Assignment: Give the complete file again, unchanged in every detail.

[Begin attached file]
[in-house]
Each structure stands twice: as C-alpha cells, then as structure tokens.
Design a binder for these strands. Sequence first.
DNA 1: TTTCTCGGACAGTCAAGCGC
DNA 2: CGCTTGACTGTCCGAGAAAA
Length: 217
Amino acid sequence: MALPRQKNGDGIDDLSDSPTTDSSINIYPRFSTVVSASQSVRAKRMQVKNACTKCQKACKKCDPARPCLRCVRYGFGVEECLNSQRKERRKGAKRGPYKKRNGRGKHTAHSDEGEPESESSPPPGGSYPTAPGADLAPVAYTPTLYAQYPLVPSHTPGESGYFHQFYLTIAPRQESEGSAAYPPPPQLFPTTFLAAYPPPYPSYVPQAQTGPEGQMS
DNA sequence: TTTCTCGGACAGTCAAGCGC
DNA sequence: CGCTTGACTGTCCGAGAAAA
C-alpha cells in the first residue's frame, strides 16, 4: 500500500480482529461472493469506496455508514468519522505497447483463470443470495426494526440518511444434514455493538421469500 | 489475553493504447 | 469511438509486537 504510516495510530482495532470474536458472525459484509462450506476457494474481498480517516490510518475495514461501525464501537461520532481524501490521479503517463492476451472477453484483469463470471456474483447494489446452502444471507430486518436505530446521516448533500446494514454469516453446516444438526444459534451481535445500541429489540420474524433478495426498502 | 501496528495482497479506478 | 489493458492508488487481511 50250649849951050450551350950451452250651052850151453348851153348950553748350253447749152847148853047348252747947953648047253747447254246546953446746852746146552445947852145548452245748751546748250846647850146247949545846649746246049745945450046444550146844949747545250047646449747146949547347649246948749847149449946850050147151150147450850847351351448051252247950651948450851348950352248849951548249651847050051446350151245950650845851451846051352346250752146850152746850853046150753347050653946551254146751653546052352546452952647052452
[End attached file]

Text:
[in-house]
Each structure stands twice: as C-alpha cells, then as structure tokens.
Design a binder for these strands. Sequence first.
DNA 1: TTTCTCGGACAGTCAAGCGC
DNA 2: CGCTTGACTGTCCGAGAAAA
Length: 217
Amino acid sequence: MALPRQKNGDGIDDLSDSPTTDSSINIYPRFSTVVSASQSVRAKRMQVKNACTKCQKACKKCDPARPCLRCVRYGFGVEECLNSQRKERRKGAKRGPYKKRNGRGKHTAHSDEGEPESESSPPPGGSYPTAPGADLAPVAYTPTLYAQYPLVPSHTPGESGYFHQFYLTIAPRQESEGSAAYPPPPQLFPTTFLAAYPPPYPSYVPQAQTGPEGQMS
DNA sequence: TTTCTCGGACAGTCAAGCGC
DNA sequence: CGCTTGACTGTCCGAGAAAA
C-alpha cells in the first residue's frame, strides 16, 4: 500500500480482529461472493469506496455508514468519522505497447483463470443470495426494526440518511444434514455493538421469500 | 489475553493504447 | 469511438509486537 504510516495510530482495532470474536458472525459484509462450506476457494474481498480517516490510518475495514461501525464501537461520532481524501490521479503517463492476451472477453484483469463470471456474483447494489446452502444471507430486518436505530446521516448533500446494514454469516453446516444438526444459534451481535445500541429489540420474524433478495426498502 | 501496528495482497479506478 | 489493458492508488487481511 50250649849951050450551350950451452250651052850151453348851153348950553748350253447749152847148853047348252747947953648047253747447254246546953446746852746146552445947852145548452245748751546748250846647850146247949545846649746246049745945450046444550146844949747545250047646449747146949547347649246948749847149449946850050147151150147450850847351351448051252247950651948450851348950352248849951548249651847050051446350151245950650845851451846051352346250752146850152746850853046150753347050653946551254146751653546052352546452952647052452